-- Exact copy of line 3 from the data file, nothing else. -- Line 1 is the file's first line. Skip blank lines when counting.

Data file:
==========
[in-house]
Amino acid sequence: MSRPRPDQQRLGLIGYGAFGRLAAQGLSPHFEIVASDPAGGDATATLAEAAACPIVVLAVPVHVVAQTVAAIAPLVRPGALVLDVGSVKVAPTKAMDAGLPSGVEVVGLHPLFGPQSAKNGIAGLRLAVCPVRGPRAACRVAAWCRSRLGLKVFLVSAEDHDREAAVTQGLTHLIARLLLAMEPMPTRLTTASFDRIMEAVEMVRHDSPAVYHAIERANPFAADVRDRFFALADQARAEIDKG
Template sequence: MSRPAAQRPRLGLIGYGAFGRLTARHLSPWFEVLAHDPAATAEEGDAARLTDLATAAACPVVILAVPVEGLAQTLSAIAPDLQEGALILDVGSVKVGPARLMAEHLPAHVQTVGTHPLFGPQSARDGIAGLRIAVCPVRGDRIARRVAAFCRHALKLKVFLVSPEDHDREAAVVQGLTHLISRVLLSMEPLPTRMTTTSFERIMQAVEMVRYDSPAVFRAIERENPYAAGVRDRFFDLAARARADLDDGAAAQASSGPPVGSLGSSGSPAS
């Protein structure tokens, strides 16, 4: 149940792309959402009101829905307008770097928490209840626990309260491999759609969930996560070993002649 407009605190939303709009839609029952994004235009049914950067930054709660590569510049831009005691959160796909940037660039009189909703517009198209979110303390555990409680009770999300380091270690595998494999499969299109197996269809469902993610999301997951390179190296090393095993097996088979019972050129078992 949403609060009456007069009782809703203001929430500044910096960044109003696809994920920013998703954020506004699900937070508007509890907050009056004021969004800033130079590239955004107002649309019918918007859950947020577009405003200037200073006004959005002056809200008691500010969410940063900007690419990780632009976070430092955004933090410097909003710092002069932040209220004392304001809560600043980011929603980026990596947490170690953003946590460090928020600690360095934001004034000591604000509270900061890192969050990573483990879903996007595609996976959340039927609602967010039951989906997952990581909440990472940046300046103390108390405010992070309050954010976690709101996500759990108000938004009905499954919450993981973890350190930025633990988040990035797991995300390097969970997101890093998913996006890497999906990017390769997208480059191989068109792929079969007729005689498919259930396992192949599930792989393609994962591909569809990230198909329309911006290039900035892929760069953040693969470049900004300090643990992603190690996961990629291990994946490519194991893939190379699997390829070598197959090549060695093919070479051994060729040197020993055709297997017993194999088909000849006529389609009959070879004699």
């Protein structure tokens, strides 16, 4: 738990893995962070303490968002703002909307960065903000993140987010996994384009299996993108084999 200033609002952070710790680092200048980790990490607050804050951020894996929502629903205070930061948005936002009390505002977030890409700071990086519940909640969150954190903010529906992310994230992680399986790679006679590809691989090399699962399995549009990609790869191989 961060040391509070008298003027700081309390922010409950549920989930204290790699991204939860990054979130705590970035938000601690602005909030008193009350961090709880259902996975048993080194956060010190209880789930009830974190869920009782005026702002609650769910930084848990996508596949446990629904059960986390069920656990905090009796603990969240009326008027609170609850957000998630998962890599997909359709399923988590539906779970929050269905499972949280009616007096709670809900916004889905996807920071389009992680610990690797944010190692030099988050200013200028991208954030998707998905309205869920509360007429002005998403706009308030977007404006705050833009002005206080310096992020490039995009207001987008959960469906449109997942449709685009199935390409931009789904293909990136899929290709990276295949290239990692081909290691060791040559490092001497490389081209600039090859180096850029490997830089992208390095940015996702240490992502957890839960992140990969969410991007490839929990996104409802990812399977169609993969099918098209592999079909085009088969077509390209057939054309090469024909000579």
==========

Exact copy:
Template sequence: MSRPAAQRPRLGLIGYGAFGRLTARHLSPWFEVLAHDPAATAEEGDAARLTDLATAAACPVVILAVPVEGLAQTLSAIAPDLQEGALILDVGSVKVGPARLMAEHLPAHVQTVGTHPLFGPQSARDGIAGLRIAVCPVRGDRIARRVAAFCRHALKLKVFLVSPEDHDREAAVVQGLTHLISRVLLSMEPLPTRMTTTSFERIMQAVEMVRYDSPAVFRAIERENPYAAGVRDRFFDLAARARADLDDGAAAQASSGPPVGSLGSSGSPAS